What are the long-term effects of traumatic stress?

PTSD can disrupt your entire life: your work, your relationships, your health, and your enjoyment of daily activities. Problems with drug or alcohol use. The numbers related to trauma, which include physical and emotional trauma, are unusually high. In the United States, more than 223 million people have experienced at least one traumatic event in their lives.

Digging even deeper, 90% of people who have mental health problems claim to have experienced trauma. Many of our patients report high levels of anxiety that affect every hour they are awake after a traumatic event. While everyone worries from time to time, an anxiety disorder traps you in a mode of running away or fighting that may prevent you from functioning normally. Experiencing high levels of anxiety can lead to widespread inflammation in the body, which can lead to a number of serious health problems, such as cardiovascular or autoimmune diseases.

Posttraumatic stress disorder (PTSD) is the result of a traumatic event that can be experienced directly or indirectly. The repeated recollection of traumatic memories is a central component of the phenomenological response to traumatic events. This article explores the evidence on the delayed effects of traumatic stress and its cumulative burden on psychological and physical health. Therefore, late-onset PTSD is intimately related to the fact that people live in a dynamic environment in which traumatic events and other life tensions interact, with the progressive accumulation of risk.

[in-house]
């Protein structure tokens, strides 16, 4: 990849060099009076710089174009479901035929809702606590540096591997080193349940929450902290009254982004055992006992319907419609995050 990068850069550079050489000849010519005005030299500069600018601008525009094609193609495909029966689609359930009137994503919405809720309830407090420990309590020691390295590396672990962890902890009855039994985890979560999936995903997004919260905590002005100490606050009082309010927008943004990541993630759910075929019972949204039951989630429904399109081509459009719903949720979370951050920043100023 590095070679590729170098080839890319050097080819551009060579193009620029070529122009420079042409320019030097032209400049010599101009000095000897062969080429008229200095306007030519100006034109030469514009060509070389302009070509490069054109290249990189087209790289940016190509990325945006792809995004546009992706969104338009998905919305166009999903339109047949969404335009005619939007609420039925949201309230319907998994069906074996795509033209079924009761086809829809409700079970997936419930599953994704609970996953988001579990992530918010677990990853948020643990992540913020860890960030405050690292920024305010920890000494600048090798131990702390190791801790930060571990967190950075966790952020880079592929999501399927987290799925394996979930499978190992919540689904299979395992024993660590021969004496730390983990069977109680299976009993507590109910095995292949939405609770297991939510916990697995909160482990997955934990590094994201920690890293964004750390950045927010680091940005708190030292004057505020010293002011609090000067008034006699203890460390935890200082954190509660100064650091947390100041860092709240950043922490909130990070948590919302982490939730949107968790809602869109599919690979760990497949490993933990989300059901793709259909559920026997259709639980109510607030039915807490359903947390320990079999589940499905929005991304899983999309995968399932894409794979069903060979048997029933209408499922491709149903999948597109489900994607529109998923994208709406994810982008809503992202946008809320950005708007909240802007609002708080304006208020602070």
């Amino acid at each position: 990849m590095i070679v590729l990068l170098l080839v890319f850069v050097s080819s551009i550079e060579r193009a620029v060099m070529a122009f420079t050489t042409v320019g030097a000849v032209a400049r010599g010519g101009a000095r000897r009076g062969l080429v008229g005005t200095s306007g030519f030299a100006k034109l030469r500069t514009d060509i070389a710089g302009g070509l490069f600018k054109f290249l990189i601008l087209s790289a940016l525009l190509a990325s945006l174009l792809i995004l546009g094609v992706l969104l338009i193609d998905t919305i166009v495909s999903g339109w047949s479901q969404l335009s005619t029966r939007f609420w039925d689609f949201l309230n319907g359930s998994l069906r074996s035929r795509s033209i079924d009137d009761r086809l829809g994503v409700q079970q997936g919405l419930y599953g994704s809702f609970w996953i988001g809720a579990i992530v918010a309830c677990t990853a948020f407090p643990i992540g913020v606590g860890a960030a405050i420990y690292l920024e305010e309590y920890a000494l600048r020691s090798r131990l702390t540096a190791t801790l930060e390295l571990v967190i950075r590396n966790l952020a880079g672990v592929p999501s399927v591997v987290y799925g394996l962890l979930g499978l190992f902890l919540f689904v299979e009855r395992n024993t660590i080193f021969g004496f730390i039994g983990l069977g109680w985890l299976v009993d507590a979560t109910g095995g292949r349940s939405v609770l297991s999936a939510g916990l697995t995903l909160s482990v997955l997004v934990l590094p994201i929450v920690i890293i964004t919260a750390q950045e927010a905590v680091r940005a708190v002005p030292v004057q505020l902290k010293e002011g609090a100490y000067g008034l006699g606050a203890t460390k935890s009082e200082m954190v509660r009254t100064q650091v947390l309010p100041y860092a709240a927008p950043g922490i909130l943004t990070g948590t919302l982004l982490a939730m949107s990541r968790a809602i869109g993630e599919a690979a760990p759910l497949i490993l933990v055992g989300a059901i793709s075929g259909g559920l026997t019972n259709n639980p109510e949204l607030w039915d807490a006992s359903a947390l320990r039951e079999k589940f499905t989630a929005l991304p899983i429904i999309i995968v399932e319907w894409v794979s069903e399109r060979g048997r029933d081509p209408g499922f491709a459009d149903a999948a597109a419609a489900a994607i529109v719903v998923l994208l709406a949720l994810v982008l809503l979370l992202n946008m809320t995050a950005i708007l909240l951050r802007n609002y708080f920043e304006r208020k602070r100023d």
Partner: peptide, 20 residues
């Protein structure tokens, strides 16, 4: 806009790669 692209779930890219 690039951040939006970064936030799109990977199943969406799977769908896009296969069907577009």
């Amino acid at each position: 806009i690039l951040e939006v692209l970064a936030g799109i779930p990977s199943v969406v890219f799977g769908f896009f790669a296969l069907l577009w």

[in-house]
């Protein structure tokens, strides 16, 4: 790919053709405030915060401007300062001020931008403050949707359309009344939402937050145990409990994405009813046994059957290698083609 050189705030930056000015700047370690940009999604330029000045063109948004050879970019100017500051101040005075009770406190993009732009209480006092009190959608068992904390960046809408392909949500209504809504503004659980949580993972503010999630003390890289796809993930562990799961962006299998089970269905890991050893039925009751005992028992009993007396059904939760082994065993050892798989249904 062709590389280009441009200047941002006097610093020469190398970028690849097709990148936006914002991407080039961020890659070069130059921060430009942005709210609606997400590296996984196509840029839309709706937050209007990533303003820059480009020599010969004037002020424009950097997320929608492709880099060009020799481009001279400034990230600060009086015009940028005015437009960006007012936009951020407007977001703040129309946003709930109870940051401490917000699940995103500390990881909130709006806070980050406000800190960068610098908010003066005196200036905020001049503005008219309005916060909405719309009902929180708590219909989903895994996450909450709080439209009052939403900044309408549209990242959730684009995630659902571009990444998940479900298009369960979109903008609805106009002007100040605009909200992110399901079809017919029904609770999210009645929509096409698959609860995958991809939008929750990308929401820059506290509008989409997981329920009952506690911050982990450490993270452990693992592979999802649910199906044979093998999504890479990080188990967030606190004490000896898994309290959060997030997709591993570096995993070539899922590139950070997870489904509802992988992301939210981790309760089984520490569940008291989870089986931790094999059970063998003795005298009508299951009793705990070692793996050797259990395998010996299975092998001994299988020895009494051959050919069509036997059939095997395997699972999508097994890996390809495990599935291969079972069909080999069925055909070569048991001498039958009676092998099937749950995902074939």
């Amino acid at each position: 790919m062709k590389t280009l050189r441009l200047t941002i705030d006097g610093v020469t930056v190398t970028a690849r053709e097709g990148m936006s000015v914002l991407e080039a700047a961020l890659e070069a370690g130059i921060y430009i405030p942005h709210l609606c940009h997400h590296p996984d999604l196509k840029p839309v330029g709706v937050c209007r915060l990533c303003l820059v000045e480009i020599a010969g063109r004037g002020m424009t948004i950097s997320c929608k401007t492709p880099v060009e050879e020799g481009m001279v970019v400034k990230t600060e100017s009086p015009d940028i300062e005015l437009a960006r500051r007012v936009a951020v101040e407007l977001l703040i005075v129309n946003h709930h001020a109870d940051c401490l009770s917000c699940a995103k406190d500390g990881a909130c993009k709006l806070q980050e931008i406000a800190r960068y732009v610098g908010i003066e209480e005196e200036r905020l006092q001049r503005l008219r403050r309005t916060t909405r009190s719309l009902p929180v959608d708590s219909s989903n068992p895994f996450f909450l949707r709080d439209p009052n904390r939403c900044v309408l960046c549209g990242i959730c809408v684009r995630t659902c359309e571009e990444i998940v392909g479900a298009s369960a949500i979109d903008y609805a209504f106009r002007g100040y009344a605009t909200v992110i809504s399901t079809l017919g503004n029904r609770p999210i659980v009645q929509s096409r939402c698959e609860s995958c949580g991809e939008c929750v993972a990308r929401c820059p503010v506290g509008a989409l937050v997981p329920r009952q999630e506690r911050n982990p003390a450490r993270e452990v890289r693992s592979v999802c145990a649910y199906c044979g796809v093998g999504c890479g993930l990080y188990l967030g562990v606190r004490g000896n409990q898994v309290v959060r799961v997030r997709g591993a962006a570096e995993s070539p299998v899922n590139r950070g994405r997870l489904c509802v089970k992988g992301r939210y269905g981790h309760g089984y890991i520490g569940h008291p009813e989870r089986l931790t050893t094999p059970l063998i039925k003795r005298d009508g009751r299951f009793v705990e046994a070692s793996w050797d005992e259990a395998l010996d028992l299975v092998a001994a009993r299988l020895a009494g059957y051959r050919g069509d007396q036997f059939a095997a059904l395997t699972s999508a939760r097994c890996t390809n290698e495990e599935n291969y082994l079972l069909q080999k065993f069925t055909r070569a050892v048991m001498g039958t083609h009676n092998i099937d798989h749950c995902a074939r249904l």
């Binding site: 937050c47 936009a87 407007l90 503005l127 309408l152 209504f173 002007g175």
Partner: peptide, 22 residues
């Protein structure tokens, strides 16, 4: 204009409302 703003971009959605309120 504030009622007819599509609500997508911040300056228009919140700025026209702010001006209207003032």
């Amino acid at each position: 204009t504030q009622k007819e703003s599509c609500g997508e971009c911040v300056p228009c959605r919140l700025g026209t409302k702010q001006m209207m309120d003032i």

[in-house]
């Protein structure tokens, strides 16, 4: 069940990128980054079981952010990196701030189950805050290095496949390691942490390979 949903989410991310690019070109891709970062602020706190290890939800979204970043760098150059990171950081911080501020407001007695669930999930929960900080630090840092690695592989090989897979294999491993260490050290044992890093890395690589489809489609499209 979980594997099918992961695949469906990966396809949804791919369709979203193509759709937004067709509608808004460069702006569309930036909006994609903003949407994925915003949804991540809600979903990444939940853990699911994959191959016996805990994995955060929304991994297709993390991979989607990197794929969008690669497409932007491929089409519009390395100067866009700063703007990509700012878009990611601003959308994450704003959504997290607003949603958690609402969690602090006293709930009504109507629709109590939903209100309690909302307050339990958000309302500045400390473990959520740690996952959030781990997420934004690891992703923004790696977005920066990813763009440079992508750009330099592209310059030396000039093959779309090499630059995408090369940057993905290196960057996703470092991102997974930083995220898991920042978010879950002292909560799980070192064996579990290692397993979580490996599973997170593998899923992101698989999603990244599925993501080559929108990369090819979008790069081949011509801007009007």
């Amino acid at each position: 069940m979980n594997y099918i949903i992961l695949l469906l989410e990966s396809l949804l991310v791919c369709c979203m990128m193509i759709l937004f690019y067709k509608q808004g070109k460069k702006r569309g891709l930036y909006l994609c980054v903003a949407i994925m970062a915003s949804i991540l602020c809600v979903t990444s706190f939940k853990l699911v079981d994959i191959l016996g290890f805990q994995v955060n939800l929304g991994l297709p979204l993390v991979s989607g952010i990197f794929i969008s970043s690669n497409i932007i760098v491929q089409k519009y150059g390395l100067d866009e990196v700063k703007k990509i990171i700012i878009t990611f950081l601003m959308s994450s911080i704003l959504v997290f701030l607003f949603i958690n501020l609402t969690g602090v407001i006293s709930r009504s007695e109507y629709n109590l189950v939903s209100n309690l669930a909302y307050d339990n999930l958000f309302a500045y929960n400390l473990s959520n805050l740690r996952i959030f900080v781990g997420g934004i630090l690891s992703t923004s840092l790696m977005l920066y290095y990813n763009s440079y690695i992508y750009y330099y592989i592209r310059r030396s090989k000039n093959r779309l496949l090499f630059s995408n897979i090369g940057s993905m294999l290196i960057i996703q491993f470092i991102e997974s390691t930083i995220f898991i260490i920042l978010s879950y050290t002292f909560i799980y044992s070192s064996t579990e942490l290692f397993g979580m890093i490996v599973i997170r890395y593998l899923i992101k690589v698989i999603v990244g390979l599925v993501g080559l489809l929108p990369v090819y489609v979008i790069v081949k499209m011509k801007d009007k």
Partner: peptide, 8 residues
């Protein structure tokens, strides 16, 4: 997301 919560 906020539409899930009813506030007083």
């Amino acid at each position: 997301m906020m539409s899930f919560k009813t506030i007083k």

These events can be the same repeated traumatic event or different traumatic events that occur over a close period of time. Traumatic stress causes an alteration of the glucocorticoid system, along with a variety of other neuropeptides, such as corticotropin-releasing factor (CRF), beta endorphin, neuropeptide Y and catecholamines. This broader perspective has important implications for the development of treatments that address the underlying dysregulation of cortical excitation and neurohormonal abnormalities after exposure to traumatic stress. This growing body of literature suggests that the effects of traumatic stress should be considered as a major environmental challenge that puts the physical and psychological health of people alike at risk.

Posttraumatic stress disorder is a diagnosis of symptoms that persist for months or years after a traumatic event. The failure of the normal neurotransmitter inhibitory mechanisms that stifle the stress response seems to be important for the individual's distress to develop into a full-fledged post-traumatic or post-traumatic stress disorder or post-event stress disorder. In simple terms, this form of psychotherapy allows people to alleviate the stress and anxiety associated with traumatic memories. The severity of stress experienced before and after traumatic exposure has a significant impact on the incidence and severity of the condition 25.

A unique part of this condition is the repeated reactivation of traumatic memory and the associated stress response, with the subsequent risk of a progressive increase in the individual's reactivity 31. The development of traumatic memories at the time of exposure to stress represents an important vulnerability, since it repeatedly triggers the increasing dysregulation of an individual's neurobiology. The central mechanism is the process of raising awareness to subtle reminders of traumatic memories, as well as exposure to previous and future traumatic events. The progressive onset of symptoms after exposure to traumatic stress is a challenging concept, and late-onset PTSD has long been a controversial notion. .